Why can't we use bus lanes, asks boss of taxi service for disabled
THE founder of a charity that provides accessible transport for disabled people in the city and beyond says appeals for his smaller vehicles to be able to use bus lanes have been ignored by Bristol City Council.
The Disabled Travel Service, based in Fishponds, provides paid for transport for disabled people and people with mobility problems from within a 50-mile radius of Bristol.
The charity has two large minibuses and three smaller Citroen Berlingo cars to transport members.
Company secretary and founder Martyn Hancock said so far he had received £300 in council fines.
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"We are transporting people to important appointments and on the Portway it can be the difference between a 10-minute journey and an hour," Mr Hancock told the Post.
"I have had £300 in fines from the council so far and feel like I am banging my head against a brick wall when I try to reason with them."
Last month Mr Hancock set up an online petition on the council website under the title 'Disabled Travel should be able to use bus lanes' saying his charity was fined every time its taxis use bus lanes in Bristol.
He claims this is wrong because the charity is providing a service under section 19 of the Community Transport Act as amended by the Local Transport Act 2008.
But the council disagrees saying his vehicles are neither registered as buses nor licensed as taxis so therefore by law can not use bus lanes.
Mr Hancock has written to the council outlining his concerns but he says his appeals, along with concerns raised by services users and by Bristol East MP Kerry McCarthy (Lab) have been ignored.
Mr Hancock said: "Our charity has been providing its services to disabled people in Bristol some 12 years and in that time we have operated without any cash handout from any local council – especially Bristol within whose boundaries we are based. Yet when we approach Mr Peter Mann, the transport director at Bristol City Council to ask whether we can be allowed to use the bus lanes with our wheelchair accessible cars, which do the same service as taxis but under the Community Transport Act, our letters are ignored.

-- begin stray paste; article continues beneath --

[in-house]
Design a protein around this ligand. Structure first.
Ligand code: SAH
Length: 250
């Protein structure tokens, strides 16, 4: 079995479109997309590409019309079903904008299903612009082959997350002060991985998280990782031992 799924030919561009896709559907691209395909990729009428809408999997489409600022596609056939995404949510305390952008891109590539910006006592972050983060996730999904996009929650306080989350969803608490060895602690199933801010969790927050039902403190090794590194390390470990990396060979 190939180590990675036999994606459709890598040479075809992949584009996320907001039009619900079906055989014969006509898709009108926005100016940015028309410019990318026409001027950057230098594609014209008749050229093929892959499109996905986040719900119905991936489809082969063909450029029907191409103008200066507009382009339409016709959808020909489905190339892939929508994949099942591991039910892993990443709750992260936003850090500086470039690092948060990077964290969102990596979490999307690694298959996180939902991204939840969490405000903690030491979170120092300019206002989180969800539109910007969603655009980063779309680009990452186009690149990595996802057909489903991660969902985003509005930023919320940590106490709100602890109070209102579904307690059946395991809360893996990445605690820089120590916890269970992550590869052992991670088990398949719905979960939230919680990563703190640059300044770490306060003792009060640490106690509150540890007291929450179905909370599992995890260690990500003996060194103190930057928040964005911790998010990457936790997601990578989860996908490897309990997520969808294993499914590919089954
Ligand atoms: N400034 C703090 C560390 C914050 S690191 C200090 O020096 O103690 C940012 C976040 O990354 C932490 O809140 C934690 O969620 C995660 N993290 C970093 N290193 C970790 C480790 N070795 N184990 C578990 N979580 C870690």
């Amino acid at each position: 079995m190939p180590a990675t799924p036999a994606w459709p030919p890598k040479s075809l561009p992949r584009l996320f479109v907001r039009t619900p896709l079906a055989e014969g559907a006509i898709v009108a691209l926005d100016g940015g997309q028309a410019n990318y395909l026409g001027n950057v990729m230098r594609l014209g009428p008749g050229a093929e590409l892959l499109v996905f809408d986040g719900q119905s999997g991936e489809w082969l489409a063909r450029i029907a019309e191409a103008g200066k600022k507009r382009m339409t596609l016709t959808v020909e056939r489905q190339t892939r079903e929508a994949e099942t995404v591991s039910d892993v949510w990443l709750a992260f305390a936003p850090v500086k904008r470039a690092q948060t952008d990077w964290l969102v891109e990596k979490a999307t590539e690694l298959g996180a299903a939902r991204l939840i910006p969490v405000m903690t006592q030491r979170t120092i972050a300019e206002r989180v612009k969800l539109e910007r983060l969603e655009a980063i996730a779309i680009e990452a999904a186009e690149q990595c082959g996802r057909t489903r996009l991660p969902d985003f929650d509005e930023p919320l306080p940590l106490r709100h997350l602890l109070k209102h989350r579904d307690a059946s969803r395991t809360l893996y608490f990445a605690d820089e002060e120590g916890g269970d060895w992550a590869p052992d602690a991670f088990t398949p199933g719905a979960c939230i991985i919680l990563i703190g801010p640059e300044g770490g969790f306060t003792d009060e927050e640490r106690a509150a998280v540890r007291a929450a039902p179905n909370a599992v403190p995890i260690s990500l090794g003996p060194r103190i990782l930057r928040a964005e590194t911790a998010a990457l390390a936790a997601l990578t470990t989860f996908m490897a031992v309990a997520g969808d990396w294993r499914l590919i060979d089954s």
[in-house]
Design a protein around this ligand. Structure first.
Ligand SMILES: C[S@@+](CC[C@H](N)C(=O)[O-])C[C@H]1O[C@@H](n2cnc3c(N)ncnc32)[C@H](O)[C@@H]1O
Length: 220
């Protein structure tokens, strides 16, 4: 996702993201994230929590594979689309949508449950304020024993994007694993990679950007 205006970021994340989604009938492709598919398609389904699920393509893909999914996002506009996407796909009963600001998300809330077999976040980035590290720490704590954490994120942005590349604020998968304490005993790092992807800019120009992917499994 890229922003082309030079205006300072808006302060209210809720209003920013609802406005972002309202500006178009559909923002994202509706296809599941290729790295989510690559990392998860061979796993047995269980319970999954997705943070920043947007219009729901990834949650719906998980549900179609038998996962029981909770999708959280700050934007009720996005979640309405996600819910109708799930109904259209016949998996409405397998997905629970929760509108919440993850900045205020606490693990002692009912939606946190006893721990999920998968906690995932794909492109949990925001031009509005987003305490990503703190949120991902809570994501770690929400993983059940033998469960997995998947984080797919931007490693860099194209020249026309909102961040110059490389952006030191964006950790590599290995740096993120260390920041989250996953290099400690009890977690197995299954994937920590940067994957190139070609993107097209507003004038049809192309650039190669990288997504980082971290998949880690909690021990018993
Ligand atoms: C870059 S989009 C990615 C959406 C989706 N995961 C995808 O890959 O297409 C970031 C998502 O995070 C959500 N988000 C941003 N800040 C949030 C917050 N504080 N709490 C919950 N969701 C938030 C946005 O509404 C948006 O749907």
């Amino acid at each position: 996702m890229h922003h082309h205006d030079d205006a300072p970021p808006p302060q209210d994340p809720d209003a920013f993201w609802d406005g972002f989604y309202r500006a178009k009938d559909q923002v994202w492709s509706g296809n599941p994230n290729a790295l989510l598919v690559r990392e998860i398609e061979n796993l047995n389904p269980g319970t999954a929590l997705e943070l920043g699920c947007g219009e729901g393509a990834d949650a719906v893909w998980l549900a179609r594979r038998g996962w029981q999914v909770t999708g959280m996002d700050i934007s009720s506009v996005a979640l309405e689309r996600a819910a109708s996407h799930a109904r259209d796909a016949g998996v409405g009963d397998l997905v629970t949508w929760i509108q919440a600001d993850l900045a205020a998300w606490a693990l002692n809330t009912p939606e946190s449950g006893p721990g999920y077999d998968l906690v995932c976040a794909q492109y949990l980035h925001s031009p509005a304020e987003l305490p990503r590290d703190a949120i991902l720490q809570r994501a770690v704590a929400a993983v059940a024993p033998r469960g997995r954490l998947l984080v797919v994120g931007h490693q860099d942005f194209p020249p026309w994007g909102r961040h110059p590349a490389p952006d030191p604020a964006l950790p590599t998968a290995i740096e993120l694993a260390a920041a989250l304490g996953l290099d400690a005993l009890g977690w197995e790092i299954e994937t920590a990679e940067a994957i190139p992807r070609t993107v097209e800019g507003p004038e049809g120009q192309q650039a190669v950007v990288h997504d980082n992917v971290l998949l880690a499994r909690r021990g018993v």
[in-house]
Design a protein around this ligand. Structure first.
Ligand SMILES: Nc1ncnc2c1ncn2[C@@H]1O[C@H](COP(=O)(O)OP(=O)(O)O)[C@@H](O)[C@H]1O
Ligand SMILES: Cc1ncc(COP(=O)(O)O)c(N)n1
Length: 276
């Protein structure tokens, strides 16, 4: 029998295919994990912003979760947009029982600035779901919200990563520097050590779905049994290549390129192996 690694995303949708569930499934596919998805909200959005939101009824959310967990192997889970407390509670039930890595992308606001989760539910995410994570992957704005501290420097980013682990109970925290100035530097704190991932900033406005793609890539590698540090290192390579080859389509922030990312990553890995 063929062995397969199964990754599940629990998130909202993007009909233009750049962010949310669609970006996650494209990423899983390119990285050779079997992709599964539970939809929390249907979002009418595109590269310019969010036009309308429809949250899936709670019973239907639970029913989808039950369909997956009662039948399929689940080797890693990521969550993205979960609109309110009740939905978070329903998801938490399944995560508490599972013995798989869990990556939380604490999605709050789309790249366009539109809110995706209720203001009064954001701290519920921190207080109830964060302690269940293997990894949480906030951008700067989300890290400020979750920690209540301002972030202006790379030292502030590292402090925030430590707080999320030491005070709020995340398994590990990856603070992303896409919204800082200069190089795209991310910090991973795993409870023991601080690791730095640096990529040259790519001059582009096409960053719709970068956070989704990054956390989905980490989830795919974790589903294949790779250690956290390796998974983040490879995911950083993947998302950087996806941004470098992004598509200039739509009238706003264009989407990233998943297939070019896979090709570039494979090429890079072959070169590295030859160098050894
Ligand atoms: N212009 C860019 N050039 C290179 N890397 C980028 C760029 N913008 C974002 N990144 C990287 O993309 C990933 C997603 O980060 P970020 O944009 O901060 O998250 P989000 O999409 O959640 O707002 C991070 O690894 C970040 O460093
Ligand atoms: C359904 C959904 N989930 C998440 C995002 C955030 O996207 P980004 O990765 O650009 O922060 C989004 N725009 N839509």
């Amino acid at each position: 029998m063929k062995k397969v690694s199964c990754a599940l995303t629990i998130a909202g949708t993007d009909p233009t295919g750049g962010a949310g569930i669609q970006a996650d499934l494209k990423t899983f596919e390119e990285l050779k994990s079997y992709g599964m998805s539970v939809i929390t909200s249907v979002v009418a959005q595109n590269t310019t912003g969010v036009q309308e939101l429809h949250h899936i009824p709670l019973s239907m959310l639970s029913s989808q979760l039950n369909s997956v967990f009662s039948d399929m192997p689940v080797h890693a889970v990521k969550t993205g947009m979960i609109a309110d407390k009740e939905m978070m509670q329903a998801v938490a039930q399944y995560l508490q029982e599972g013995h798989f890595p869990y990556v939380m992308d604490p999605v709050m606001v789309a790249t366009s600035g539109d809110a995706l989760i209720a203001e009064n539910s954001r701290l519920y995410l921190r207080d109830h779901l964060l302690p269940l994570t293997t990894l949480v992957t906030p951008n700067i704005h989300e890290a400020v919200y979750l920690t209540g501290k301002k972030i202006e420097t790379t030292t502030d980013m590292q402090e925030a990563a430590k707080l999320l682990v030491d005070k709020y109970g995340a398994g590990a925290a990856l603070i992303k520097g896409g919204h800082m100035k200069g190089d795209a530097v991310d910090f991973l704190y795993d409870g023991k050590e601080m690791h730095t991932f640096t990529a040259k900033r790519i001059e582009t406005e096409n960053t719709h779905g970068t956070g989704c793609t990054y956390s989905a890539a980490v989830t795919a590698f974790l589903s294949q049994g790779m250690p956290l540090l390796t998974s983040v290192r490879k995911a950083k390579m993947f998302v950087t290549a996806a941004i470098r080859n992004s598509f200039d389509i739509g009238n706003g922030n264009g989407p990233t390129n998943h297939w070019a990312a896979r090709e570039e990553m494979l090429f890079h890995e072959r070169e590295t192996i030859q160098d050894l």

"We wrote to him in November 2011 and again in January 2012 without any reply.
"Our local MP Kerry McCarthy has written on our behalf and so have several of our members who have recruited the services of their MPs.
"Yet no one from the transport services department appears to have had the courtesy to reply or acknowledge any of the numerous communications.
"This is indicative of the disdain this department of Bristol City Council holds its people and community groups in who do not ask the council for financial help. Why?"
A spokeswoman for Bristol City Council said: "Bus lanes have strict legal orders relating to them.
"Taxis must be licensed, and bus services must be registered in order to use the bus lanes.
"DTS vehicles are neither registered as buses nor licensed as taxis. So although the council appreciates the organisation provides a valuable service, it cannot legally permit these vehicles to use bus lanes under the legislation as it stands."
Disabled Travel Service is a member of the community Transport Association and, won the Enterprising Bristol 2006 Community Award and was runner-up in 2009 in the Post Business Community Awards.
Mr Hancock's online petition is available to sign up to until December and can be found at http:// epetitions.bristol.gov.uk/epetition_ core/community/petition/1866.
For more information about the Disabled Travel Service call Mr Hancock on 0117 3305916.